“I love your wide-open poetry” is what the great poet Pablo Neruda once told Lawrence Ferlinghetti. Ferlinghetti, who believed Neruda to be speaking of a broader group of poets, those of the Beat Generation, responded with “You opened the door.”
How have the words of another opened the door for you?
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Follow this link for sweet fun: wordcandy.me.
My family moved out of state and I started eighth grade in a school without an orchestra. I joined the city’s adult symphony instead, sitting second of two chairs. I took private lessons from a man who looked to be a cross between Professor Snape and Harry Potter. None of the girls in my class wanted to take lessons from him. With his large round glasses and long, greasy black hair, the spindly music instructor frightened me only slightly less than his brutish, muscular wife who always answered the door red-faced and angry. “I am here to play viola,” I said.
I’m finishing up our book club discussion of Ordinary Genius over at Tweetspeak Poetry this week, telling my musical history and writing a sonnet. I’m told that my sonnets (I’ve two to my name) tend to sound a little angry. Maybe it had to do with my viola teacher’s angry wife, I don’t know. You could check it out if you’d like.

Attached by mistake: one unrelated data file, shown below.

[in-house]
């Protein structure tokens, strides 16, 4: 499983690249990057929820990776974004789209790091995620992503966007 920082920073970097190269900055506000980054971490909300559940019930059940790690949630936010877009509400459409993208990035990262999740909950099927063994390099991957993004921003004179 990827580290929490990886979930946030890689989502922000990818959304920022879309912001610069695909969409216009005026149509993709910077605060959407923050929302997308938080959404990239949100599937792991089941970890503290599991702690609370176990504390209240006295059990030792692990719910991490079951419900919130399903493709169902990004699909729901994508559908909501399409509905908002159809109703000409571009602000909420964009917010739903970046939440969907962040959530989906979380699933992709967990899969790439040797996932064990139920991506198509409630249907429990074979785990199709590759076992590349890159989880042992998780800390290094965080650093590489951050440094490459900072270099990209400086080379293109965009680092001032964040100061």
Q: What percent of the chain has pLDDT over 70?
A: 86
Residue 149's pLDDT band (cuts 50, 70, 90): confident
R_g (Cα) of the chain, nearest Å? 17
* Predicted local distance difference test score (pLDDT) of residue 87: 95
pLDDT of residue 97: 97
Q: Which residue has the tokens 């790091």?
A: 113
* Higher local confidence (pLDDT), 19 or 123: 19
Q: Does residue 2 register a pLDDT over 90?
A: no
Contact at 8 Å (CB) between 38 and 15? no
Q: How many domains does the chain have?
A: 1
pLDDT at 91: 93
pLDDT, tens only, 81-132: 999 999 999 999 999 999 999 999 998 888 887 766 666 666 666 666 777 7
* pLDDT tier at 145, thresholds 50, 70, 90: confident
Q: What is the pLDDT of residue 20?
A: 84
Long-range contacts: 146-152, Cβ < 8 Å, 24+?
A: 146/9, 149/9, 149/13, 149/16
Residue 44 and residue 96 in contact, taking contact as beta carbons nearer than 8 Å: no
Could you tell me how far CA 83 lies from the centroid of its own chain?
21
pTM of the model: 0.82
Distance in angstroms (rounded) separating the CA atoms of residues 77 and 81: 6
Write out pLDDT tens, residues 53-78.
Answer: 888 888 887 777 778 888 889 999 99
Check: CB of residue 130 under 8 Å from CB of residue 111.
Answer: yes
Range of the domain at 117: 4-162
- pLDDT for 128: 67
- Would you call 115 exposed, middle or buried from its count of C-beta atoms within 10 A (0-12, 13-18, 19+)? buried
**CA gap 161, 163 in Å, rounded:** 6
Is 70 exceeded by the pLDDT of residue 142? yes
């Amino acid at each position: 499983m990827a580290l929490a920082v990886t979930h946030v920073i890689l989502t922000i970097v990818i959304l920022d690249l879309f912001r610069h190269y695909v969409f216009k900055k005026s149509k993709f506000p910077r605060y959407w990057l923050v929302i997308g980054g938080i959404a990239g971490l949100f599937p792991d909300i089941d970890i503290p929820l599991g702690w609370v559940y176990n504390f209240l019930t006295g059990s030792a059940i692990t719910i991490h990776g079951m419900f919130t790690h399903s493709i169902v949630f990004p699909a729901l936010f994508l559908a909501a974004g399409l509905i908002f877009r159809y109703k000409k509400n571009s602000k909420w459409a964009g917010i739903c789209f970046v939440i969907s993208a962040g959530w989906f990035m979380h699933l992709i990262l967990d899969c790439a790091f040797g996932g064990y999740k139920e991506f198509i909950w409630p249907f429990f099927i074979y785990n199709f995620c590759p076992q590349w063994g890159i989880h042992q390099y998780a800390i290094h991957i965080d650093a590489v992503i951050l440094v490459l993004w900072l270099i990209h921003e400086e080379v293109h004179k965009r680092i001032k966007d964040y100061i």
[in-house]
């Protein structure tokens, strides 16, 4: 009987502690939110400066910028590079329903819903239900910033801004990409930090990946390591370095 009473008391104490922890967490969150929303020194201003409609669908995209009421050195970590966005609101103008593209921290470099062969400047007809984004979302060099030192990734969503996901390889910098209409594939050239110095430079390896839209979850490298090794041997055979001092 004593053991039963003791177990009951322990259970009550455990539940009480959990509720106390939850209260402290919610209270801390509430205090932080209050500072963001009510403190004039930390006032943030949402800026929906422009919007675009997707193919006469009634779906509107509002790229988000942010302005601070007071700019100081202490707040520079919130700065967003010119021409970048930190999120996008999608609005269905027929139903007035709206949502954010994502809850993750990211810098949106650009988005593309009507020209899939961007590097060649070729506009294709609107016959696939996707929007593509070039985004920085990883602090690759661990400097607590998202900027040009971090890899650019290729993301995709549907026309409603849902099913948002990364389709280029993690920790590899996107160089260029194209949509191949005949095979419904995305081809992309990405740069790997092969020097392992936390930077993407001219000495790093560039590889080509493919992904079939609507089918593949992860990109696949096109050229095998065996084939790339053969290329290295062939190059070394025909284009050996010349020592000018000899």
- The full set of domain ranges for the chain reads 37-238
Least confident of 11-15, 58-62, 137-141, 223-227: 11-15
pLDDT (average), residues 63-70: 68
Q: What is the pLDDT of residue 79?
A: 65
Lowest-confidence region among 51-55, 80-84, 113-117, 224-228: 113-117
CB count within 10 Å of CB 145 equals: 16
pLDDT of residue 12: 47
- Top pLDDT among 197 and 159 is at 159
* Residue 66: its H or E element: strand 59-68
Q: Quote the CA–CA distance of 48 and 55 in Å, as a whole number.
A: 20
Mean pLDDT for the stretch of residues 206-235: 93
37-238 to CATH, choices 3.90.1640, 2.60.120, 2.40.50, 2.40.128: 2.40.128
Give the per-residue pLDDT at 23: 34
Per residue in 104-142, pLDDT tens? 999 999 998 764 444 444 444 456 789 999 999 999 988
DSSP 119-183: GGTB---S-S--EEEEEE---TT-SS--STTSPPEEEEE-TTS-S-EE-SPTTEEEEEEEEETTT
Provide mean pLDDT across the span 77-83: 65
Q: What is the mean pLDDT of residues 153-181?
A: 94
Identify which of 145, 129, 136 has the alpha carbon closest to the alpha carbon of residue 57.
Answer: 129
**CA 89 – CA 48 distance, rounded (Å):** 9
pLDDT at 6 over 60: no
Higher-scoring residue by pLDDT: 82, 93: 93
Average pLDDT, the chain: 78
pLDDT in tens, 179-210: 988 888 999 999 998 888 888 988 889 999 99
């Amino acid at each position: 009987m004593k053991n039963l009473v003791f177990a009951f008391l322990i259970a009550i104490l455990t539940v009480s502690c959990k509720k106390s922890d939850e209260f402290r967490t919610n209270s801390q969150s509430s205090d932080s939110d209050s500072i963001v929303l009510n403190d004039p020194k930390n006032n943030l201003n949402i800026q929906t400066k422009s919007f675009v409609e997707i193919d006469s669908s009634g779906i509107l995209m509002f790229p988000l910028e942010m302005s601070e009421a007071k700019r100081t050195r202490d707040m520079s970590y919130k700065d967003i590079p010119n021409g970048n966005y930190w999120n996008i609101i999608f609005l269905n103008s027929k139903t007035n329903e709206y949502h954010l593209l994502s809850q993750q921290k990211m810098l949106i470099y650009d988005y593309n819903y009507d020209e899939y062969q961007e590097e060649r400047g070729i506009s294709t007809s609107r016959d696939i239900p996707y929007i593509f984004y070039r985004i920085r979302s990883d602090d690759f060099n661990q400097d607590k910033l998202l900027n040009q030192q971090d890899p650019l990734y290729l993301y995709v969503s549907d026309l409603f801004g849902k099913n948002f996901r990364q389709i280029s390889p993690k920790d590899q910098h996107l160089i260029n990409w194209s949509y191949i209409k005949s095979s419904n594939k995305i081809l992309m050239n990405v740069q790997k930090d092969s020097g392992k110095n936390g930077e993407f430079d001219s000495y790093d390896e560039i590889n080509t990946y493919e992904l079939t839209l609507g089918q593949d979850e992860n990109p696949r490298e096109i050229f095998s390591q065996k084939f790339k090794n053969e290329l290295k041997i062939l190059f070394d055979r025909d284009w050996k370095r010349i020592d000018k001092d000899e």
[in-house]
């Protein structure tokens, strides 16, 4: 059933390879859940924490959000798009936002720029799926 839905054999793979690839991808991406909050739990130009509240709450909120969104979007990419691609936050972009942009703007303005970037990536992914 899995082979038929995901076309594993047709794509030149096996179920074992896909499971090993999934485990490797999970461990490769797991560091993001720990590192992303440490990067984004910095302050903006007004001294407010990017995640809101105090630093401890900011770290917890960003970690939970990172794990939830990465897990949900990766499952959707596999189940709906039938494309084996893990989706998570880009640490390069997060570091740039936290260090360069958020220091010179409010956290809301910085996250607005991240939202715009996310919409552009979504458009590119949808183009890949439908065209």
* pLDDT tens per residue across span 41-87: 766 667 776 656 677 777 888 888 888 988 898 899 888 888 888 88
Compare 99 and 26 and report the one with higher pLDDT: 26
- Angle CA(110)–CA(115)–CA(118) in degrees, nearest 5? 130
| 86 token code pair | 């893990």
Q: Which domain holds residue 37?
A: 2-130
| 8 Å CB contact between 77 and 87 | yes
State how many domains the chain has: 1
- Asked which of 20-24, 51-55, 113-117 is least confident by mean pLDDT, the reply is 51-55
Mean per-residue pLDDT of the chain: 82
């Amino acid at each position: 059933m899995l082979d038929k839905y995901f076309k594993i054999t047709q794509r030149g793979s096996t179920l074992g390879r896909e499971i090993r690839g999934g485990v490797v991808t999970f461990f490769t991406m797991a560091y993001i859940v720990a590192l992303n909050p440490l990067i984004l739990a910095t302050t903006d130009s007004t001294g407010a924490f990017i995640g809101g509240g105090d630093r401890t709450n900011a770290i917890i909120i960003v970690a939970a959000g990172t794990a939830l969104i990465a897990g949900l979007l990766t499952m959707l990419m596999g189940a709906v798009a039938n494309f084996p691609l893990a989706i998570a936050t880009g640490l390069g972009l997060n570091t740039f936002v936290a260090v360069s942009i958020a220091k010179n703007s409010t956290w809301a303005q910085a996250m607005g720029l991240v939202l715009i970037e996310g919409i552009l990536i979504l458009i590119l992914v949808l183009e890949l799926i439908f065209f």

And while you’re there, I’ve got a brand new slate of our weekly Top Ten Poetic Picks–great finds in art, poetry, music and writing. My favorite this week? The Halloween costumes based on famous works of art. You’ll want to see them. Trust me on this.
There is a Latin saying: Ars longa, vita brevis. Art is long, life is short. But the true and beautiful thing is that nothing lasts. Everything changes and passes. The creative process is just that. Not a means to an end, but a continuing engagement with being alive.
— Kim Addonizio, Ordinary Genius
Since life is short, and so is time, I’ll make this brief: I’m starting a new book club over at Tweetspeak Poetry. We’re going to make lots and lots of poetry. We will laugh and we will have fun and maybe someone will even cry just a little when they write lines they didn’t know they had in them.
Longtime poet? Don’t think you’re a poet? Doesn’t matter. You will like it.
You just will.
I mean that—everything is fiction. When you tell yourself the story of your life, the story of your day, you edit and rewrite and weave a narrative out of a collection of random experiences and events. Your conversations are fiction. Your friends and loved ones—they are characters you have created. And your arguments with them are like meetings with an editor—please, they beseech you, you beseech them, rewrite me. You have a perception of the way things are, and you impose it on your memory, and in this way you think, in the same way that I think, that you are living something that is describable. When of course, what we actually live, what we actually experience—with our senses and our nerves—is a vast, absurd, beautiful, ridiculous chaos.
— Keith Ridgway, “Everything is Fiction,” featured in The New Yorker, 8/8/2012
There are a lot of things I just really don’t do.
I don’t drink tea. I don’t run 5k races. I don’t read much fiction.
(Not fiction that actually calls itself that, anyway.)
New research seems to correlate regular poetry reading with whiter teeth and lower cholesterol.
Infographic: Every Day Poems, used with permission.